As we tire of winter, pine for warmer days and look to Pennsylvania for hope, I wanted to revisit the enduring theme from Bill Murray’s 1993 classic. To quickly recap for the 5% of society that hasn’t see Groundhog Day, Mr. Murray plays Phil Conners a misanthropic weatherman who loathes the monotony of the Groundhog Day remembrance but is forced to cover it for his local station. Through freak circumstance he finds himself stuck repeating, repeating the day and its events. Phil isn’t released from exile until he confronts and corrects his moral defects. As he triumphantly reinvents the worst day of his life into his best, he finds freedom and happiness.

Like Phil, we inevitably face moments where we have to it the reset button. In 2016 you may encounter something on your personal or professional life that requires a fresh perspective. It could be a financial or health issue that forces you to change courses. Each of these scenarios will require a different response to find a workable solution.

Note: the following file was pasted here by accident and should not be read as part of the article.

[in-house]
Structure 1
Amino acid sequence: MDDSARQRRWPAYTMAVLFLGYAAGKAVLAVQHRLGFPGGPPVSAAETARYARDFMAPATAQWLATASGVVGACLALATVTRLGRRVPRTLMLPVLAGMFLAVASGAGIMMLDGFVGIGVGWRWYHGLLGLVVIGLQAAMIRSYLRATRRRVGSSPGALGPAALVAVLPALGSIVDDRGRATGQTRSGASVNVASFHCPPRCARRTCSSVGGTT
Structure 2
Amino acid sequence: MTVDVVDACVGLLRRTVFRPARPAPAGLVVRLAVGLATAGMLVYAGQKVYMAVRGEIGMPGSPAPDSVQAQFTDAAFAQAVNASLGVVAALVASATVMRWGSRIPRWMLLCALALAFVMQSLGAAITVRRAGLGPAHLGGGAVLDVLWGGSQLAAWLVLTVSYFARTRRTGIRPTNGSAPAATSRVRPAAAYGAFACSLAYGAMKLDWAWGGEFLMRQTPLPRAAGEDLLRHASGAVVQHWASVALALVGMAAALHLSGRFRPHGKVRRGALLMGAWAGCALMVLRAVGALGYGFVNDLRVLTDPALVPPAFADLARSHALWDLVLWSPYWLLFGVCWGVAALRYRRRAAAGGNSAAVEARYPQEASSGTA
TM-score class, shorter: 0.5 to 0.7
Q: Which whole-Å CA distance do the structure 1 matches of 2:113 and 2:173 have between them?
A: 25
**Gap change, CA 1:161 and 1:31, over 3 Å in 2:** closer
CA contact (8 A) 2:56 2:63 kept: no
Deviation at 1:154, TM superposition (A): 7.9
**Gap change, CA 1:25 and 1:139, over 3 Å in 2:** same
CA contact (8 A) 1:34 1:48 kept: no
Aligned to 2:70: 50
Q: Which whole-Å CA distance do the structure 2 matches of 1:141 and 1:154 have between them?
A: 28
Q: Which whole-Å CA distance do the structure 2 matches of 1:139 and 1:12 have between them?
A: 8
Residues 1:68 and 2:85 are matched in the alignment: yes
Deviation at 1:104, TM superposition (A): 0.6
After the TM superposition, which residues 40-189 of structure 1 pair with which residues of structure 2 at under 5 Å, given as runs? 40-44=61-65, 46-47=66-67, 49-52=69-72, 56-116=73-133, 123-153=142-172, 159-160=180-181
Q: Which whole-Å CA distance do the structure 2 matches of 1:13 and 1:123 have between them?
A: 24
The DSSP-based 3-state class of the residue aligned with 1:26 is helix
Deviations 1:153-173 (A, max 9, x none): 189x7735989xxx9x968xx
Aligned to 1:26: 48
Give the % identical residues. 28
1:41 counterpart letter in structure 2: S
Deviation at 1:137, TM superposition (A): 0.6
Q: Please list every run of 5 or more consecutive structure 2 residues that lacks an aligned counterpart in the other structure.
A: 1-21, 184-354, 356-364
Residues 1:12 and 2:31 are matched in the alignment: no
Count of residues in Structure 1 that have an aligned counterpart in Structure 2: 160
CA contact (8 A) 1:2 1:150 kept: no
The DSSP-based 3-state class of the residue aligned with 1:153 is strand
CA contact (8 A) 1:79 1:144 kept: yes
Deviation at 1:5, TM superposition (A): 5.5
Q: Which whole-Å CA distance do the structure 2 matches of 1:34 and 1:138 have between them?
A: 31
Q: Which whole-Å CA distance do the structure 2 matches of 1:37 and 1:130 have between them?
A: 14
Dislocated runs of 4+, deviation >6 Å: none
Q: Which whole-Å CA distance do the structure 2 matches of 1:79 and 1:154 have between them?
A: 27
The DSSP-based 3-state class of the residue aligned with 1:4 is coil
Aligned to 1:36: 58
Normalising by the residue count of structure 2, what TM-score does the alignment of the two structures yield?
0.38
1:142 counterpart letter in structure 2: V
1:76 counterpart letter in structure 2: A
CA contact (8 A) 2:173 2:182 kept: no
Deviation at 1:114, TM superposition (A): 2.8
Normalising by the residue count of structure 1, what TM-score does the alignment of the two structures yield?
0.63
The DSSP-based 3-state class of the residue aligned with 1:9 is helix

After a 5% loss on the S&P and a 7.8% loss on the NASDAQ, investors are looking at the worst January in memory. They need to discern if this is the start of really bad times or time to buy more. Here’s my decision tree for investment uncertainty:

  1. Understand where you are.
    1. How old are you?
    2. How much time do you have to invest before needing your funds?
    3. What caused the declines in your portfolio?
  2. What is the worst case scenario?
  3. Is there an opportunity for improvement in this?
  4. Who can help me get through this?

This list is helpful beyond investment problems and number 4 is the most critical advice to follow. Don’t go through it alone. You have people around you that can offer help and encouragement. A little hint, they are usually the folks who have already hit the “life reset” button a few times themselves.

Phil Conners learned that we are only destined to repeat mistakes if we fail to recognize that a change needs to happen. Use Life Resets as an opportunity for growth and stronger relationships.

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Can you Invest Like a Billionaire?